In a new judgement the Constitutional Court of Colombia limits the widespread practice of 'batidas'. The judgement related to a complaint in relations to article 14 of the law on recruitment (Ley 48 de 1993), which deals with the obligation to register for military service, and article 41 para g), which defines the process in relation to the classification of a person as "remiso" (draft evader).
Article 14 describes the process of registration to resolve the military situation. This is then followed by several medical examinations, which determine whether a person is fit (and therefore liable) for military service or not (articles 15-17). The enlistment itself is dealt with in article 20. According to article 41 and 42, failure to register for military service, to appear for medical examination, for classification, or for recruitment can be punished with a fine. Those who fail to show up at a recruitment rally (according to article 20) will be classified as remisos. Once someone is declared remiso, he will have to resolve his military situation by performing military service (article 43), However, if he has reasons for exemption, he can also be exempted by the Junta para Remisos (article 43). According to article 50 (a) of decree 2048/1993, the military can carry out patrols to find remisos. However, this does not include other persons who have not resolved their military situation.
In its sentence, the Constitutional Court interpreted the second sentence of Article 14: "When they reach adulthood without having complied with this obligation (to register for military service), the authorities can compel them to do so, without affecting the application of the sanctions which are prescribed in this law." The Court clarified that this does not give the military permission to compel anyone to actually perform military service, but only that they can be "forced" to comply with the first step of the recruitment process, which is the registration for military service. The Court goes on to discuss the issue of arbitrary detention. According to the press release, the court said that the verb "compel" in article 14 can be interpreted in compliance with the Constitution "if it is understood in the sense that someone who has not complied with the obligation to register to define his military situation can only be held momentarily while this situation is verified and he registers, a process which does not require any formalities." The Court goes on to clarify that this cannot include to transport the person to the barracks or a military district and their retention by the military for a longer period with the aim to not only register them, but to also subjugate them to a examination of their health and if found suitable, to recruit them.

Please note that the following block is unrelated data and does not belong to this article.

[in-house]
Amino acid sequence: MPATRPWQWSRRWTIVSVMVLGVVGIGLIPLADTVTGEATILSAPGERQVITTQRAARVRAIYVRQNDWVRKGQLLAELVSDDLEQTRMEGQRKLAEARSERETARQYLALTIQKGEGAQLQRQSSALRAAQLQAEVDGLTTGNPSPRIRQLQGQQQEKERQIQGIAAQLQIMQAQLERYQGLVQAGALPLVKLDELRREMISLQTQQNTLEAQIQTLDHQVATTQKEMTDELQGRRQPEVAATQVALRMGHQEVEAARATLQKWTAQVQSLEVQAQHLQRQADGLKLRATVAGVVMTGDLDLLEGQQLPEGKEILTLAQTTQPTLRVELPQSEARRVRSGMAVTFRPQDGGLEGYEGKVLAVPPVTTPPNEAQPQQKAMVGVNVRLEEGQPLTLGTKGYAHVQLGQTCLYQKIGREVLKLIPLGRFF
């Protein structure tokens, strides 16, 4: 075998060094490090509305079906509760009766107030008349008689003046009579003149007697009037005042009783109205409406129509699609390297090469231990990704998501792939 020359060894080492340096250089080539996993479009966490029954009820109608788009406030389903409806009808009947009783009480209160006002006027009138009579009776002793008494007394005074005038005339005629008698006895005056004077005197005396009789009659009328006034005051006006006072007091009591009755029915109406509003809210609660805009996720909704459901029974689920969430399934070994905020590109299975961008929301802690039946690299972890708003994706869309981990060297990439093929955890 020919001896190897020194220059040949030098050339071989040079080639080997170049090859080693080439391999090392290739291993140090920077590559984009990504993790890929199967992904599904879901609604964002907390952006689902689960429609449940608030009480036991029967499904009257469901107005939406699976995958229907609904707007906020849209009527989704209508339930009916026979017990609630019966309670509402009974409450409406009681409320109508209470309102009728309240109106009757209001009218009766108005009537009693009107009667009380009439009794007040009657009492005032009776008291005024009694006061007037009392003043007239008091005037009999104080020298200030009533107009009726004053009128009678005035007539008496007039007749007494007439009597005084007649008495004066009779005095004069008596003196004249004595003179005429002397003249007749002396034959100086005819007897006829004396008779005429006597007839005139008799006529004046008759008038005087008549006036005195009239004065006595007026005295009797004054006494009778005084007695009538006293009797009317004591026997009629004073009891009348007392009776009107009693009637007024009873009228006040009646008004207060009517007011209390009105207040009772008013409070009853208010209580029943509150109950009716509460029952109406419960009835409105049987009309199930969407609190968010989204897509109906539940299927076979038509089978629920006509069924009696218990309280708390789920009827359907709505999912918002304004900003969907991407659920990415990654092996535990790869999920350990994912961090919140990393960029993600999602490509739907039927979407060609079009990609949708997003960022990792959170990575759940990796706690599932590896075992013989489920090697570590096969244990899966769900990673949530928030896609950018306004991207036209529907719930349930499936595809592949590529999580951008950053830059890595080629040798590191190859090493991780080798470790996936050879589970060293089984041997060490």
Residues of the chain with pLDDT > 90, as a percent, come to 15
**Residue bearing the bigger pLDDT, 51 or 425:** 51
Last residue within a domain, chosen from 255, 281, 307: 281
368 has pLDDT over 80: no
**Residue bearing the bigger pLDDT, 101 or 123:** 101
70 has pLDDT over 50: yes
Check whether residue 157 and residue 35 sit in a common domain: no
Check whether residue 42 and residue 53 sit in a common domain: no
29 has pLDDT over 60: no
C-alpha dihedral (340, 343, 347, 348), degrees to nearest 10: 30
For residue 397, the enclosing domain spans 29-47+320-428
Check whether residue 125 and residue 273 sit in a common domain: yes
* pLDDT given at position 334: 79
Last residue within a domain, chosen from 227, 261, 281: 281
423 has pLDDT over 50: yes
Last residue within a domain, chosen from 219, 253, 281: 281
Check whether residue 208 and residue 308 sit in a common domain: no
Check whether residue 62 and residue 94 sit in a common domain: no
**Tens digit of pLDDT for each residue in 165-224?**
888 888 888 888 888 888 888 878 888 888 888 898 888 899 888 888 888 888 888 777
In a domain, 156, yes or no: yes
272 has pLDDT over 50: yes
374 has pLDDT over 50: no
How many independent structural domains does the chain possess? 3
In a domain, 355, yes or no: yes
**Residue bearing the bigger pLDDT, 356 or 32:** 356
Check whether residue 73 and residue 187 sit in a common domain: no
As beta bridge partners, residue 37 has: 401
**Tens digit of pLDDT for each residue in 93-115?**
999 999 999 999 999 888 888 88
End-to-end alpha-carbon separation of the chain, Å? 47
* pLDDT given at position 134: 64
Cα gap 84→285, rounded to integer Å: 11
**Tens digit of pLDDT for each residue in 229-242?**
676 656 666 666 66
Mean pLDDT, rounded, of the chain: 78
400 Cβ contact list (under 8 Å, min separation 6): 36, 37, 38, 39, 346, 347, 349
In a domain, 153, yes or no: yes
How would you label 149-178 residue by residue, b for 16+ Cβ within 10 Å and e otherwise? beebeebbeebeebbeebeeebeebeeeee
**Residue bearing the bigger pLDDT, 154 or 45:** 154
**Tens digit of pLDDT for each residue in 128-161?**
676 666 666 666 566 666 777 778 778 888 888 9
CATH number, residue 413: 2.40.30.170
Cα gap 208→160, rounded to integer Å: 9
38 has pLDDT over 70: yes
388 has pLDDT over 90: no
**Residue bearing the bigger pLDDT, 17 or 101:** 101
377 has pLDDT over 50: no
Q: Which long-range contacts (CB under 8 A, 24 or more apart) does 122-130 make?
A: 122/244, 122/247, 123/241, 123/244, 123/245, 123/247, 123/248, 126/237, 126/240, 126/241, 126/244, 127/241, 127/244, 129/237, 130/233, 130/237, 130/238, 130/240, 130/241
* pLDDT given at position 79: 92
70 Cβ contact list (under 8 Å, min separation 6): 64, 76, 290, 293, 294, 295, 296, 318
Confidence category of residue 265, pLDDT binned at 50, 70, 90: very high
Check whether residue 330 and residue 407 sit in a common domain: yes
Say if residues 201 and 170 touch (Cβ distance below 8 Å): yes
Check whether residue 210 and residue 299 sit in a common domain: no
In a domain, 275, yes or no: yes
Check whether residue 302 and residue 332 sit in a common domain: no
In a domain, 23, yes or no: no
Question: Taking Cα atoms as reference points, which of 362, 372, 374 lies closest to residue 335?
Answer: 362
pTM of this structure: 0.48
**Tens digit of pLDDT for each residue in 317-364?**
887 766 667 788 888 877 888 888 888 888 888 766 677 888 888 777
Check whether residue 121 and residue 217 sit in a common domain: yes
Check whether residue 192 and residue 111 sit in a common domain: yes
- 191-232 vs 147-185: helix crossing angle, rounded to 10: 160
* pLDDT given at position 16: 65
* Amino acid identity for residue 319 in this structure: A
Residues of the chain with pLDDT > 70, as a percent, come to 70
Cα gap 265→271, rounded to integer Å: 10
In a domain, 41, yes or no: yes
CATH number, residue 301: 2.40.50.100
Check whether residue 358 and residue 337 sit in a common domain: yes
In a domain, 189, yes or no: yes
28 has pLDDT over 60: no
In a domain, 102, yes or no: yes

In relation to article 41 paragraph g) the Court declared that the detention of a "remiso" (draft evader), who had been declared a remiso in compliance with article 41 paragraph g), and who had been called up to perform military service, but failed to do so, is constitutional. This means that a remiso can be detained by the military and brought to the barracks, with the aim that he "resolves his military situation by serving his military service".
It remains to be seen if the military recruitment practice, which relies heavily on batidas, will really change following this sentence of the Constitutional Court.
Meanwhile, conscientious objection and human rights activists in Barrancabermeja received new death threats from a group calling itself "Los Rastrojos". The Rastrojos are an outgrowth of the powerful Norte del Valle drug trafficking organisation in Colombia with a national and international reach, according to InSight Crime. In a pamphlet which was left in the house of a member of the Unión Sindical Obrera – USO, the Rastrojos ordered several organisations including the conscientious objectors group Quinto Mandamiento to cease their activities, including the organisations of demonstrations and events, to avoid their death and being declared military targets. This is not the first time these organisations received death threats. Quinto Mandamiento was already target of death threats in 2008.
Sources: Corte Constitucional: Comunicado No 46, 22-23 November 2011, El Tiempo: Ejército no puede hacer redadas por libreta militar, advirtió la Corte, 29 November 2011, El Espectador: Fuerzas Militares no pueden obligar a las personas a definir su situación militar, 29 November 2011; War Resisters' International: Military Recruitment and Conscientious objection in Colombia, August 2009; InSight Crime: Rastrojos, accessed 1 December 2011, Quinto Mandamiento: Pronunciamiento frente a amenazas de muerte a organizaciones sociales y defensoras de derechos humanos en Barrancabermeja, Magdalena Medio en Colombia, 30 November 2011